The Great Pumpkin Crisis of 2009: Bad for Libby's, good for organic growers


By the time you read this, disaster may have already struck. You're either looking forward to a Thanksgiving meal with the warm, reassuring taste of pumpkin pie -- or staring down the barrel of a substitute sweet potato pie while trying to pretend that everything is hunky-dory. Either way, any warnings I can offer will surely be too late.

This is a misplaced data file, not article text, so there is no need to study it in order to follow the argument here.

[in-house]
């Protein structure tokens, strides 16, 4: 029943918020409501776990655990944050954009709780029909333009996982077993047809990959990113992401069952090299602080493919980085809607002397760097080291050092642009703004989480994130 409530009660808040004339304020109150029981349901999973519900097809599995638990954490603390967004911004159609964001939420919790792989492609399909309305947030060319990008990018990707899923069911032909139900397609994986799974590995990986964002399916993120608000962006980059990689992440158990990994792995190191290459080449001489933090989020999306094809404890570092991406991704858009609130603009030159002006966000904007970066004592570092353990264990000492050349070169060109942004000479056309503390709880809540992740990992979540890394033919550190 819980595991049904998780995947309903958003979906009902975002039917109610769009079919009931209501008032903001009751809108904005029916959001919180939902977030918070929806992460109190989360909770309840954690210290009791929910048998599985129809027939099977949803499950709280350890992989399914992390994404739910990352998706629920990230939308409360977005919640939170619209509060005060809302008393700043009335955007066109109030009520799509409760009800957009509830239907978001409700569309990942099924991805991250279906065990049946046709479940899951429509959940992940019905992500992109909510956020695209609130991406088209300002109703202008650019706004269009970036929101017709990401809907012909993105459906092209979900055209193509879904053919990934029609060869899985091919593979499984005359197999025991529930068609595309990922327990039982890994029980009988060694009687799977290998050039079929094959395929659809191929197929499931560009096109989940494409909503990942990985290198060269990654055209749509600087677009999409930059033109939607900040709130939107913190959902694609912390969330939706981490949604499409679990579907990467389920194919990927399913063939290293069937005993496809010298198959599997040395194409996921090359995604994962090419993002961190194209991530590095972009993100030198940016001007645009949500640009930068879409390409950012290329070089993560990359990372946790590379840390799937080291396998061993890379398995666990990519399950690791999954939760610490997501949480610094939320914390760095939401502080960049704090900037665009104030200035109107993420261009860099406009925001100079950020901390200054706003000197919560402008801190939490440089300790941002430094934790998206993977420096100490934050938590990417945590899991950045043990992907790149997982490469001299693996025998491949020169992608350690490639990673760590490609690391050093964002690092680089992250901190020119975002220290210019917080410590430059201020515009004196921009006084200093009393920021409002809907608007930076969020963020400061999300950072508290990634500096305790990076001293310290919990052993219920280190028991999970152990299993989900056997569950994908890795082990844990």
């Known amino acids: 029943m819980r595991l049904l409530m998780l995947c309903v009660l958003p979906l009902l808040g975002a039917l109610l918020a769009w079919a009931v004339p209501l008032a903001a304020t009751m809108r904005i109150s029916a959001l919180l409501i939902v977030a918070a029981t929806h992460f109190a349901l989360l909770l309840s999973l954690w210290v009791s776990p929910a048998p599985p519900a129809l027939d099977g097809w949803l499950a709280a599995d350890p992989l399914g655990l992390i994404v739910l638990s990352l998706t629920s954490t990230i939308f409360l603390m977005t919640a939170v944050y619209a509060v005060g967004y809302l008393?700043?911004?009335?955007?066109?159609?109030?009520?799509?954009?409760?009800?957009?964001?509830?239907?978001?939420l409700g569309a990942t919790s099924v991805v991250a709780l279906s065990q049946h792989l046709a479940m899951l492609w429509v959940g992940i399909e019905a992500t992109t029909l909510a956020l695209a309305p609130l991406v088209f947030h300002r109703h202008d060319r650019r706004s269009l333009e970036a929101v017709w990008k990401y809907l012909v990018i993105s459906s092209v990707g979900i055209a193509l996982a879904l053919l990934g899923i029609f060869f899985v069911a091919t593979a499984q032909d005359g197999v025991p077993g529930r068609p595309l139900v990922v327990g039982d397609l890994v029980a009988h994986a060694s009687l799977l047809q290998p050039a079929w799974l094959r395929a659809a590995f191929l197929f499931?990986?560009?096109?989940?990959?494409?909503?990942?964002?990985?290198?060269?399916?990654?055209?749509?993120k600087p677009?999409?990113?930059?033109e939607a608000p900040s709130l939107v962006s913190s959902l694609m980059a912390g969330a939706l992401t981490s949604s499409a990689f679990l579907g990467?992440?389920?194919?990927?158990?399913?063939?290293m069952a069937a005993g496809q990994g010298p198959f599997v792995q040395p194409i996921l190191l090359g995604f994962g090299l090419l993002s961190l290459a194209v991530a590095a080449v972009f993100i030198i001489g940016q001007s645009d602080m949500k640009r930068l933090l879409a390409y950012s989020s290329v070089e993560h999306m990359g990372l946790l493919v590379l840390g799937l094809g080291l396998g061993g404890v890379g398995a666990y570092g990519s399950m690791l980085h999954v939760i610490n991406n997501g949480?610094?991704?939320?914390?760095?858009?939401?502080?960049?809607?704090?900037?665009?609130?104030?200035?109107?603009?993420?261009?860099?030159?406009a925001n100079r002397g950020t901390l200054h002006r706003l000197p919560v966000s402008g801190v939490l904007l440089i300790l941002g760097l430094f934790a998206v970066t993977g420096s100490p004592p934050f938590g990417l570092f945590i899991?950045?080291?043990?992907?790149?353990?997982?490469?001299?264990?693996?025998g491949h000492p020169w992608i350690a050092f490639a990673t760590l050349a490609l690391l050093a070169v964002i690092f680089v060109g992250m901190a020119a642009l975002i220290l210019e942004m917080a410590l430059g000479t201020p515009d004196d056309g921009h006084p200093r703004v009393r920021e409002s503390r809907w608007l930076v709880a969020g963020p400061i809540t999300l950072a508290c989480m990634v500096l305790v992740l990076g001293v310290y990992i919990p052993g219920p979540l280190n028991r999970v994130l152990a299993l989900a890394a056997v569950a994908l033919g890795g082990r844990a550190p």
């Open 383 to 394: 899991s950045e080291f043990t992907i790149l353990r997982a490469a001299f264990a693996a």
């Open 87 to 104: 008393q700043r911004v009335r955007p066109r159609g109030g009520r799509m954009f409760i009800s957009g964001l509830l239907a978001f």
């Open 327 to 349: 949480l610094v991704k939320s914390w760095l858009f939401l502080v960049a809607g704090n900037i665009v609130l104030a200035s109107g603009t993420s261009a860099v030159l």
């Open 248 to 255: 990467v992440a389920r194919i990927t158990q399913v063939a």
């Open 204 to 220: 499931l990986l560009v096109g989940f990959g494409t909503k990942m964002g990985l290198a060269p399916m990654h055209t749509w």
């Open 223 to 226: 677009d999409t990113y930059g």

As the history books will one day note, the Great Pumpkin Crisis of 2009 began back in August, when heavy rains in Morton, Illinois, left the fields boggy and wet, delaying the harvest. Morton, also known as "Pumpkin Capital of the United States," soon found itself with field after field of moldy, rotten orange gourds that were useless for cooking and canning. This was hardly an isolated problem: Morton supplies Nestle with its pumpkins and Nestle (NSRGY), through its Libby's subsidiary, supplies the country with 85% of its canned pumpkin. Thus, as goes Morton, so goes Thanksgiving.